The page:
Thursday, October 22, 2009

The Other

While I was on the web today, I followed a few links and came to The Other Pages. A beautiful site.

I was actually looking for quotations, which brought me to their quotations page QUOTATIONS There's more: PHOTO ESSAYS

The owner of this intriguing site is Stephen Spanoudis.
Thanks Steve. Enjoy.

Vintage Marriage Certificate

I found this olde Marriage Certificate at an Antique shoppe just a few days ago.
On the left side are the "Requirements of the Husband"; on the right side are the "Requirements for the Wife." These are listed according to verses in the Bible.
Provides a glimpse into the past - probably some 100 years ago.

"I Love Typography" and "Typedia"

I remind myself at times to visit my own "Interesting Links."

I just checked out I Love Typography. Johno, the owner (I presume) has a new post about Typedia
Typedia - "The Shared Encyclopedia of Typeface." This is a community website with a team of over 12 people involved in creating it.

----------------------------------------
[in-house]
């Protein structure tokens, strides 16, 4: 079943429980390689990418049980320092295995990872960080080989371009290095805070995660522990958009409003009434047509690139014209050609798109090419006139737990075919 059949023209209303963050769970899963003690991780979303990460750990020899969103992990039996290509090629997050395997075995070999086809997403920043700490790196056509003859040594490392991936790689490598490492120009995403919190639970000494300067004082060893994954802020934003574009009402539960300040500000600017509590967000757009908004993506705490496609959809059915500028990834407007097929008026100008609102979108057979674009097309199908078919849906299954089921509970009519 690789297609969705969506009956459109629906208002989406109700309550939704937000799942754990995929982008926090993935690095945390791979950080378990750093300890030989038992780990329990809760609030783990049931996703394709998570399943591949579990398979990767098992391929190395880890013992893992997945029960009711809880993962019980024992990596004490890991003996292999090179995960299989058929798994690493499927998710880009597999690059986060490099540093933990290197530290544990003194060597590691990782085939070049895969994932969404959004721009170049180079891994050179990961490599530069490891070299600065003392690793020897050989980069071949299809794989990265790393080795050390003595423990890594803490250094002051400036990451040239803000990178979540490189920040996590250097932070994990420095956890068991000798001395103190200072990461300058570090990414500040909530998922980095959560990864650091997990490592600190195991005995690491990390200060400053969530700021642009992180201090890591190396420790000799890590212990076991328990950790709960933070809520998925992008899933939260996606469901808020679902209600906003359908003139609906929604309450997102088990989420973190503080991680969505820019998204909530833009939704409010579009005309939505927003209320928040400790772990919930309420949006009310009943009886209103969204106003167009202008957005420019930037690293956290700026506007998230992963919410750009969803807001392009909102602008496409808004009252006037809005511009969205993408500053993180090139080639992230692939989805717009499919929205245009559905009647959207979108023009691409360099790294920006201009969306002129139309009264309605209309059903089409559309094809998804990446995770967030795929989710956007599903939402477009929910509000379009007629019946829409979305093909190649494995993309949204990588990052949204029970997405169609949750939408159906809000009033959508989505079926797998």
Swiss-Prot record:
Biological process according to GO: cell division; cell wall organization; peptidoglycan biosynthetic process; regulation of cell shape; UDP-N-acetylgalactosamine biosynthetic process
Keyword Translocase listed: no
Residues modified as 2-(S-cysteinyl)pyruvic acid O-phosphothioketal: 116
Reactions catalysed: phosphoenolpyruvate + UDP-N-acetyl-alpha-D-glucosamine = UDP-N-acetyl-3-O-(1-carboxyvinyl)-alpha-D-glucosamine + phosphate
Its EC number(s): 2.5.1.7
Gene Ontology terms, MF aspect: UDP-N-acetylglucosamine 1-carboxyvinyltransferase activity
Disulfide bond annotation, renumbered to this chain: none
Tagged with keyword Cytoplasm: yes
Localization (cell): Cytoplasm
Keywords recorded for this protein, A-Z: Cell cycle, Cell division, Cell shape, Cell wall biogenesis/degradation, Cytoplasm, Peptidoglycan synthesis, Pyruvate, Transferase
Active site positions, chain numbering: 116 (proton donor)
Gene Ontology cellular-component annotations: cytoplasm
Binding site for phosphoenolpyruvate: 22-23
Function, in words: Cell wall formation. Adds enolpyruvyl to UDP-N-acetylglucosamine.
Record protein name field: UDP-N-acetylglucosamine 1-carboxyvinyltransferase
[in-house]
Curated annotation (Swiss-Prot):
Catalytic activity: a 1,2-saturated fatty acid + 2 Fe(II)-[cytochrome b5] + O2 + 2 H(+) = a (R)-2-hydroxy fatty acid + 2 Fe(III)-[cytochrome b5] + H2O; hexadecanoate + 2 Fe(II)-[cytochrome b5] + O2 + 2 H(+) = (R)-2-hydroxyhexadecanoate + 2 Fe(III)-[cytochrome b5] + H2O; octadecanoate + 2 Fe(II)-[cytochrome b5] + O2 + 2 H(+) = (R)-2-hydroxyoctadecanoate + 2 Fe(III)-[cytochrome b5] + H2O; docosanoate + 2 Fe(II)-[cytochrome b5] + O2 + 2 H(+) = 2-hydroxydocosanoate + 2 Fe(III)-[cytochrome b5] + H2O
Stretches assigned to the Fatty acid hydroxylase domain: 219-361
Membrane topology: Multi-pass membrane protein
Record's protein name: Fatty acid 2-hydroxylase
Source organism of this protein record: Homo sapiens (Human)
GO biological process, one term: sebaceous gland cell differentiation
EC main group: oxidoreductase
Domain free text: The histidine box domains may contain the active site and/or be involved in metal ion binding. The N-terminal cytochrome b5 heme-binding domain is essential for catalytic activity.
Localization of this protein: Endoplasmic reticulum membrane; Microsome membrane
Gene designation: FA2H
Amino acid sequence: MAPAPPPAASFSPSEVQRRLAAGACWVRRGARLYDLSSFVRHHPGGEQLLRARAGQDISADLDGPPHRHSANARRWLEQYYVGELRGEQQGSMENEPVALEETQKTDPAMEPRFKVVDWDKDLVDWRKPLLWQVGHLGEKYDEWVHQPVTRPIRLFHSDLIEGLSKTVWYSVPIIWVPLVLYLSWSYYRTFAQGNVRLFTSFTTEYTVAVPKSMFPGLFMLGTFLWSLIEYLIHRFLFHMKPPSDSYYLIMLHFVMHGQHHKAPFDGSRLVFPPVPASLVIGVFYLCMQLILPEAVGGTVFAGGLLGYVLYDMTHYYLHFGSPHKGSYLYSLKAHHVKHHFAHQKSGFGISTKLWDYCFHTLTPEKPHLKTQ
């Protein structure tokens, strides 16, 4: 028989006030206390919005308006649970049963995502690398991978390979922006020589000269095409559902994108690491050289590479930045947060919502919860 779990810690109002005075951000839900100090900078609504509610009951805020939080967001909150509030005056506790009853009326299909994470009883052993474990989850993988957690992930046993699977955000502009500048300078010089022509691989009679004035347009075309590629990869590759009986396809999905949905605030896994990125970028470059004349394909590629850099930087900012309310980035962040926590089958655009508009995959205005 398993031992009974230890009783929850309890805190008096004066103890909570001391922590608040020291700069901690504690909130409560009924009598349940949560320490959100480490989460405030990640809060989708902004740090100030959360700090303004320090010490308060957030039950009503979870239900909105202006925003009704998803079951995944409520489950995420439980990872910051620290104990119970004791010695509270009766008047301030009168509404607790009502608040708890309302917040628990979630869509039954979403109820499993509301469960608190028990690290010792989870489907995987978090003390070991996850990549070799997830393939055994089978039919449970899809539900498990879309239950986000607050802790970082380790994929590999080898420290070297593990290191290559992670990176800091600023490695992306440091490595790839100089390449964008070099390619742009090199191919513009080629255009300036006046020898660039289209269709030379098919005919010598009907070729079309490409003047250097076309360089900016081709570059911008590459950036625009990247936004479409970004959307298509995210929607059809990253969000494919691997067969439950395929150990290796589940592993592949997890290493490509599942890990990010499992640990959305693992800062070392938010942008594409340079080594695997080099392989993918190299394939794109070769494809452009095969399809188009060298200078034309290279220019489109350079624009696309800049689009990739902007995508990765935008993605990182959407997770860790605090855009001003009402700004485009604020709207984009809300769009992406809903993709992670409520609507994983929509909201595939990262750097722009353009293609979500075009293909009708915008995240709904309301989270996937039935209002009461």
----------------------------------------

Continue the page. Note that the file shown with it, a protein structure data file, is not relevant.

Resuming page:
Both sites look great. Well worth a visit. Extensive and educational.
I have a new appreciation for fonts and typefaces.

The Jeanie Johnston ~ Replica of 1847 Ship

PLEASE NOTE: This image is NOT the Jeanie Johnston. Just a nice little olde sailing ship.

A coincident that the ship's name is the same as my Mother's family name!

My Mother's ancestors came from Ireland. Her father was George Albert JOHNSTON/JOHNSON. George's father was Christopher JOHNSTON. Christopher's parents arrived from Ireland between 1836 and 1838, according to the 1851/1852 Canada Census.

George's mother was Mary Jane ACHESON. Mary Jane's parents came from Ireland too. They arrived in Canada in 1850. Both sides of her Father's family sailed from Ireland in the mid 1800's. Both paternal grandfathers, John JOHNSTON in about 1837 and George ACHESON, in April 1850, a 28 day voyage.

We don't know what ships they sailed on. Could they have been a ships like the The Jeanie Johnston?

The Jeannie Johnston was built in 1847 and was one of the last of the wooden tall ships of her kind.

At the time of the Great Famine during the late 1840's and early 1850's, The Jeannie Johnston brought Irish emigrants to North America. Their website states that the Ship is now (2009) docked in Dublin and plans for 2010 voyages will soon be made. Ready for an adventure!

PLEASE NOTE: This is NOT and image of The Jeanie Johnston ship. Just a nice little olde sailing ship.